TPCH Releases “Striving Toward Racial Justice – A Call to Action” in Partnership with the University of Arizona Southwest Institute for Research on Women and City of Tucson Housing & Community Development Department
Striving Toward Racial Justice is a call to action for community-based organizations in Southern Arizona. While many organizations have made a commitment to racial justice, action has been slow to follow. Striving Toward Racial Justice offers resources and tips for local organizations to translate commitment to action and results.
Striving Towards Racial Justice is not a toolkit, nor is it a step-by-step guide.
Rather, this call to action (CTA) provides direct information on the imperative to address racial injustice, and strategies Pima County organizations can implement to address racial inequities. Organizations (inclusive of their clients, community members, staff and leadership) are best suited to determine their own best plan, and stakeholders must work collaboratively, and as equal partners. Many organizations may have already started racial justice work, but may feel that their efforts are being stalled, or that efforts have been ineffective.
Virtual Introduction to Striving Toward Racial Justice – November 30, 11am-12pm
Join TPCH and the University of Arizona Southwest Institute for Research on Women for a 60-minute virtual overview of Striving Toward Racial Justice, suggested actions, and strategies community organizations can take to advance racial justice action and results.
The CTA provides foundational information and strategies for local organizations to engage in 7 critical actions to advance racial justice:
Action 1 – Organization Leadership Publicly Commits to Racial Justice
Action 2 – Collective Racial Justice Work within the Organization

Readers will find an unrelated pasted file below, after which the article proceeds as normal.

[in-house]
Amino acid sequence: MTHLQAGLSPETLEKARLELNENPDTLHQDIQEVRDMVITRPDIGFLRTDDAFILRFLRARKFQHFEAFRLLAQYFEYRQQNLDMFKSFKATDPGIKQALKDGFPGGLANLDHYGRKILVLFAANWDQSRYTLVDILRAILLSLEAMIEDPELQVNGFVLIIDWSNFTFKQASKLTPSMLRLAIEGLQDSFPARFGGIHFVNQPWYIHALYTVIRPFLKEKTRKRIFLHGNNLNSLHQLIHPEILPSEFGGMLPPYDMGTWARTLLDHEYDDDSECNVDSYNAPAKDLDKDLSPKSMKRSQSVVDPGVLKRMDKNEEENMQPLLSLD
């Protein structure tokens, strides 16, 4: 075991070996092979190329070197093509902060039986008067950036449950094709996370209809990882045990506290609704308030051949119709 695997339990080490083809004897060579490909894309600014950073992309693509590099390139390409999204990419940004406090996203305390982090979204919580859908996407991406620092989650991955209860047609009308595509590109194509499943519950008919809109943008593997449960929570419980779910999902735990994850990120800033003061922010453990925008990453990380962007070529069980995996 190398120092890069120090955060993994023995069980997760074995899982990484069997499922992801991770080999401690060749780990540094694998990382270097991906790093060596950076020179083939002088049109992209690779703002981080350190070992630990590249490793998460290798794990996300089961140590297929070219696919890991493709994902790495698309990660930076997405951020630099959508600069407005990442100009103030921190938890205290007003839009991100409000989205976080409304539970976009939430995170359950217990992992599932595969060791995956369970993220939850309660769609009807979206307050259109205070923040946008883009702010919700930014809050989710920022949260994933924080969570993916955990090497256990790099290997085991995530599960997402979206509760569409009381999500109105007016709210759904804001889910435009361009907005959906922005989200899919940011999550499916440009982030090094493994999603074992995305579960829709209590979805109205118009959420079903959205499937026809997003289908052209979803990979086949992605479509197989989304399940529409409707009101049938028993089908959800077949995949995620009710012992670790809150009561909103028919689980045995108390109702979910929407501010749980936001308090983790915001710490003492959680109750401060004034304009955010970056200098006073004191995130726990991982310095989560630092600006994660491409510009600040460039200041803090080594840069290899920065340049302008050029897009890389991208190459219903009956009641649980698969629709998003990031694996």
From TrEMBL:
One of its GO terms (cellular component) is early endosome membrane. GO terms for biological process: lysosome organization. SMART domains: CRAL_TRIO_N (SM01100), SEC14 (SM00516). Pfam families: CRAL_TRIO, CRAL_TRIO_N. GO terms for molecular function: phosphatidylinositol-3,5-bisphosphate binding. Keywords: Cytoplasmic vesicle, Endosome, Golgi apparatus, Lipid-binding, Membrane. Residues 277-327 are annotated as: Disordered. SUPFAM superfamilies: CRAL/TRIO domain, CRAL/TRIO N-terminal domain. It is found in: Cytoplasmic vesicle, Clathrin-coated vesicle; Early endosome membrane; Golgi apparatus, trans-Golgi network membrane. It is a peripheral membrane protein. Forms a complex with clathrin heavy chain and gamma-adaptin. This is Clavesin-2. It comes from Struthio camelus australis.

Action 3 – Individual Racial Justice Work
Action 4 – Determine Desired Outcomes
Action 5 – Build Racial Justice and/or Minimize Harm
Action 6 – Commit to Accountability
Action 7 – Embrace the Journey, Continue the Work
The suggested actions in Striving Toward Racial Justice may help reignite teams or provide a framework for this work. Examining and collecting data on racial disparities that may exist internally among staff and externally among client groups is a critical component of the process. However, organizations must resist becoming entrenched in the data collection and examination process. With the mass amounts of data organizations often collect, every analysis will likely lead to additional data-related questions that could delay tangible action and work.
Building on Local Efforts and Expertise
Communities in Pima county have been very fortunate to have had numerous opportunities to participate in comprehensive diversity, equity and inclusion training from national technical assistance (TA) providers. Additionally, there are numerous toolkits and other resources readily available online (many of which are recommended in the CTA). This CTA comes from within our community and is developed by people who understand our region, and all of its intricacies. These suggested strategies have been produced by people who have worked within, been clients of, and care deeply about Tucson as their home.
It is with much gratitude that we thank this powerful group of leaders for investing their time, expertise and spirit into this CTA, and the forthcoming leaders who will use this CTA to dismantle and rebuild more equitable organizations.
Special thanks to the University of Arizona Southwest Institute for Research on Women for its leadership in the creation of the CTA and to the CTA authors:
Casey Chimneystar Limón-Condit
Andrés Portela III